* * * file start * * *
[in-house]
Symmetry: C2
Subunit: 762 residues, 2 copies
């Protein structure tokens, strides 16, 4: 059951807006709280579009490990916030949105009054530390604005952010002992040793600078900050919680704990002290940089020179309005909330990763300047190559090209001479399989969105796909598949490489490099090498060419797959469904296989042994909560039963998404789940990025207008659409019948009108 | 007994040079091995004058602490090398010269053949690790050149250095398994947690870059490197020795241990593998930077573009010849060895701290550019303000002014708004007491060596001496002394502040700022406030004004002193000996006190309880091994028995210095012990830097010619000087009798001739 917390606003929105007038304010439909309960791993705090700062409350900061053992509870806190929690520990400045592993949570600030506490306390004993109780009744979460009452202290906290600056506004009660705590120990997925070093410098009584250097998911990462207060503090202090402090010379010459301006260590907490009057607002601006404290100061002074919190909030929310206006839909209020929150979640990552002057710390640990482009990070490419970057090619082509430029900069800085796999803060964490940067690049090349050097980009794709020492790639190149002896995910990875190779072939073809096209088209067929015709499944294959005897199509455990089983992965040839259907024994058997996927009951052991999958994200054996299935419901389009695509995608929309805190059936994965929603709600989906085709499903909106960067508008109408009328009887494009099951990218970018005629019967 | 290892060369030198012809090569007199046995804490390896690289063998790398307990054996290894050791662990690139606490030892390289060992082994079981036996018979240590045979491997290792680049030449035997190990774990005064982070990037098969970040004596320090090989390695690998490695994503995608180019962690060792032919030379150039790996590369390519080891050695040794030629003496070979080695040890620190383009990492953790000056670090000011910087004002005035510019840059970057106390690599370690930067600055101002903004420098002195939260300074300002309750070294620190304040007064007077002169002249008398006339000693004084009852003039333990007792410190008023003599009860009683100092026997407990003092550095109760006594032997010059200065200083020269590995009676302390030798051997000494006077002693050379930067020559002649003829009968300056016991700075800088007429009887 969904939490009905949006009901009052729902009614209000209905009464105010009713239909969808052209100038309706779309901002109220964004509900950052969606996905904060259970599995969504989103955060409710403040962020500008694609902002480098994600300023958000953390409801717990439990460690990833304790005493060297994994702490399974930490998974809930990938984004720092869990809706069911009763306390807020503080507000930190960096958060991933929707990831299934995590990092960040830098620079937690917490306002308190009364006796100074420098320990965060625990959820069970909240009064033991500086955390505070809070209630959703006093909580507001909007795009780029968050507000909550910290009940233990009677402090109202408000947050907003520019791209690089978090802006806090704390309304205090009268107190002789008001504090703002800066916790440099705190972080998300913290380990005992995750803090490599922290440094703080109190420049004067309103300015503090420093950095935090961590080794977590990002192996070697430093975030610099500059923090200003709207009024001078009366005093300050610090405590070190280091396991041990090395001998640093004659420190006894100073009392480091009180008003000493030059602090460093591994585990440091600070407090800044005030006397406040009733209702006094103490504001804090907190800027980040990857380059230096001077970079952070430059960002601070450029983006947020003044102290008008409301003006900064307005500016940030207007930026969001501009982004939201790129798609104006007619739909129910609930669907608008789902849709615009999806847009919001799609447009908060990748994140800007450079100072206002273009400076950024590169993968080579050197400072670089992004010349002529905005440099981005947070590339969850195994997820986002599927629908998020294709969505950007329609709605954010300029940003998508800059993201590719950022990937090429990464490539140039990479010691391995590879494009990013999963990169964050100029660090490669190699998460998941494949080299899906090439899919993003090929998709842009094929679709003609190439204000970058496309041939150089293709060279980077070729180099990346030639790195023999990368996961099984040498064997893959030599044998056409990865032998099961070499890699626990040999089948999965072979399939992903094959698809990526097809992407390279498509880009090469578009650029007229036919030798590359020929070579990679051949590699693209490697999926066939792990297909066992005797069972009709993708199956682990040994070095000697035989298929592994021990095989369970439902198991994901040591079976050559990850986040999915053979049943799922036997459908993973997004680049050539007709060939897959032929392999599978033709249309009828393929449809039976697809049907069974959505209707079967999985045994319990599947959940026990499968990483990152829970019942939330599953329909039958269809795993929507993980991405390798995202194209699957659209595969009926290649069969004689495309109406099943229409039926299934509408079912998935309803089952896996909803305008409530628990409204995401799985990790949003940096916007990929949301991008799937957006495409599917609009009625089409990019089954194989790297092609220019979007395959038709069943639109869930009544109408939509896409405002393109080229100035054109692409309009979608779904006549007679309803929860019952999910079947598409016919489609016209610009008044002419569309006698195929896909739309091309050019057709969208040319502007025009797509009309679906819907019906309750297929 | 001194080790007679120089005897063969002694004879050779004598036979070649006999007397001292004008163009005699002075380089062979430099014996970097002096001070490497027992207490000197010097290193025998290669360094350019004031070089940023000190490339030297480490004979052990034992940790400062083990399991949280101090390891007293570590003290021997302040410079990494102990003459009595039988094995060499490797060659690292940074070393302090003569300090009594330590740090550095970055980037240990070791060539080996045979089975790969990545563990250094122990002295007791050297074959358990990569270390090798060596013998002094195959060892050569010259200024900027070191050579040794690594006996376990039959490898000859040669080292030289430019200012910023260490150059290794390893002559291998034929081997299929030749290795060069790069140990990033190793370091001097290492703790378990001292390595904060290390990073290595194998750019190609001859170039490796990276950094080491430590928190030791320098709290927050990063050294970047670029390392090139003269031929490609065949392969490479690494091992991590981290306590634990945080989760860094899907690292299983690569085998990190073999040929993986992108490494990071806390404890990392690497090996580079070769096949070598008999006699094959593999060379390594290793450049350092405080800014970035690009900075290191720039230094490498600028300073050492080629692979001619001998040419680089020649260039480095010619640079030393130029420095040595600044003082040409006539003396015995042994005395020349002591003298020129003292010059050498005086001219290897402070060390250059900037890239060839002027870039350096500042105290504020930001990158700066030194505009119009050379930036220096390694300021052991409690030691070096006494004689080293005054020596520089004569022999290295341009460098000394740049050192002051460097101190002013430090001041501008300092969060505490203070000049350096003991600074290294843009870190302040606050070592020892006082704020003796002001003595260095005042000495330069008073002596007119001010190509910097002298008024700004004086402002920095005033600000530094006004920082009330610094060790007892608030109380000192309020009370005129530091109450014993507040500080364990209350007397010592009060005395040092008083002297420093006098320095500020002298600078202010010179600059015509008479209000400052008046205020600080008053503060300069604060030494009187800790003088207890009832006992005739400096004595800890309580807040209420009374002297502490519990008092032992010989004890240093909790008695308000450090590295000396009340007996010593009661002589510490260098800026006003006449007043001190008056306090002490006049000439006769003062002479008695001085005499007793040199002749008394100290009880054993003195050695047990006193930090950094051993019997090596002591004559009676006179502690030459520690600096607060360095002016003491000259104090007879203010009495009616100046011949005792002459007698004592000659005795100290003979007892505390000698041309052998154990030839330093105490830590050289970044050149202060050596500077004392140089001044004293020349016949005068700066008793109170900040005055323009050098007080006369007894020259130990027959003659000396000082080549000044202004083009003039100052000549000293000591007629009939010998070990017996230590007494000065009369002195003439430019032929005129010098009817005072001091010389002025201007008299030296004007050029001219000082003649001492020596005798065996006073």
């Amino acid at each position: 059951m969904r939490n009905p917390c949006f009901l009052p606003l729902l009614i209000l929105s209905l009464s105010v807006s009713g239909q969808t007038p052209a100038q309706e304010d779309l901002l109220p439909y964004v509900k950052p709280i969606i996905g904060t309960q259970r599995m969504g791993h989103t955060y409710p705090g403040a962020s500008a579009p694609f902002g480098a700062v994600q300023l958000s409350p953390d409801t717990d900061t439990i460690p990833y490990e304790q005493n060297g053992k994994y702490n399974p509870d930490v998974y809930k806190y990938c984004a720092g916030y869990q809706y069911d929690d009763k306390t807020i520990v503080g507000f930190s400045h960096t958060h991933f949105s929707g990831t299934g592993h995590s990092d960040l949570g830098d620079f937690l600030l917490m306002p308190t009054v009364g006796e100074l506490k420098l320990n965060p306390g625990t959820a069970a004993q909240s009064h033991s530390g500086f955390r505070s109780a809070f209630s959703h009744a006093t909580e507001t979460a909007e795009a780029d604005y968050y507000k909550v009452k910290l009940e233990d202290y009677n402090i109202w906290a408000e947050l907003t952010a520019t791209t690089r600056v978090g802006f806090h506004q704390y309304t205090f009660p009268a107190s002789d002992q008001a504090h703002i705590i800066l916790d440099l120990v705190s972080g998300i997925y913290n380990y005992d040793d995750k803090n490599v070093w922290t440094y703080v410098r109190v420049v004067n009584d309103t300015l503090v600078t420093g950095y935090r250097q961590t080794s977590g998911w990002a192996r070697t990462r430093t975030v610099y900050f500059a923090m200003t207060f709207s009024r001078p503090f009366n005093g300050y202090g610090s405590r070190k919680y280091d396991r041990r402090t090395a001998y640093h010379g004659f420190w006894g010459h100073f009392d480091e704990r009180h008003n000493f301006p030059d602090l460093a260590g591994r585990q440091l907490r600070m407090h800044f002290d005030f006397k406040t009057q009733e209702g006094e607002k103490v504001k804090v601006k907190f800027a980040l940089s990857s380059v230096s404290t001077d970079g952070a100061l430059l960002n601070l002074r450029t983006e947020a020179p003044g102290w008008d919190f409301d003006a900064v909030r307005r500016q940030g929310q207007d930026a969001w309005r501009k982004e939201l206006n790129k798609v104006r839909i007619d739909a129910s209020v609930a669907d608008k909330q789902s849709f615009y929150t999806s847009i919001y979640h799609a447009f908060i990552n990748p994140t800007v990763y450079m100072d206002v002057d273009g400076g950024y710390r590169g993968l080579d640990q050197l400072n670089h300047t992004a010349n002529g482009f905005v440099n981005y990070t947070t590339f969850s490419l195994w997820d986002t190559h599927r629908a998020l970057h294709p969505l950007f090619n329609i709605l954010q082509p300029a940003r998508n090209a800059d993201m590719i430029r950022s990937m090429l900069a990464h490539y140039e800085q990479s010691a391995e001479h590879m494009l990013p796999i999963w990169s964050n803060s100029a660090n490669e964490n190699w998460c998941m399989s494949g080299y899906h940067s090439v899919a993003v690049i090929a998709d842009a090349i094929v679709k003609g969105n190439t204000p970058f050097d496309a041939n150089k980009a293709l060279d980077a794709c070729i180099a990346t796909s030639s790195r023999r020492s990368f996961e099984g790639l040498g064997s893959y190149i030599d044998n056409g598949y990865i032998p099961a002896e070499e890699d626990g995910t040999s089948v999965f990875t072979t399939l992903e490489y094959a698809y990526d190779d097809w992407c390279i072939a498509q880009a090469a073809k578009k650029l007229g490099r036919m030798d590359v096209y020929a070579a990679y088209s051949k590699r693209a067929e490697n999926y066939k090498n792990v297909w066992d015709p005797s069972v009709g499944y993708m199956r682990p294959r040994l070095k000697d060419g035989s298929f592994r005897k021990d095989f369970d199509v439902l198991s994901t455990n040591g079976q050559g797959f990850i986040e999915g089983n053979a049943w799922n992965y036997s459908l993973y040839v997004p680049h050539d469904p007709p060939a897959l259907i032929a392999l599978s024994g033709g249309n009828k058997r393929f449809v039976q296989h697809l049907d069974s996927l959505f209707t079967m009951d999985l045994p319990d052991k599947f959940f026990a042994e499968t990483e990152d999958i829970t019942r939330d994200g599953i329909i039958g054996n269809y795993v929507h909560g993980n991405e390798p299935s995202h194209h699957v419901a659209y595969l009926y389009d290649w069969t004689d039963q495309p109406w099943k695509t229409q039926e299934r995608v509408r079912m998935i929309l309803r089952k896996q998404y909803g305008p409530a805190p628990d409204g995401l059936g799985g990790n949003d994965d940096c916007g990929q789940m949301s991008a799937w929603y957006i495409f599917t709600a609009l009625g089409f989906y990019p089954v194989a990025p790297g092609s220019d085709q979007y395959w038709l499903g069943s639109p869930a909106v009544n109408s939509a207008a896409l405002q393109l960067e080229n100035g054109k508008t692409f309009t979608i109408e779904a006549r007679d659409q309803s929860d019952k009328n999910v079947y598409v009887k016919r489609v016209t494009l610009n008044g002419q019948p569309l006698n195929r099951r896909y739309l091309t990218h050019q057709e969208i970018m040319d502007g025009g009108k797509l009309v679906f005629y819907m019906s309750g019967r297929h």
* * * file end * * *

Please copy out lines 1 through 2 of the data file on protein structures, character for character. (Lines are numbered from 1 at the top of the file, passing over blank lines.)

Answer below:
[in-house]
Symmetry: C2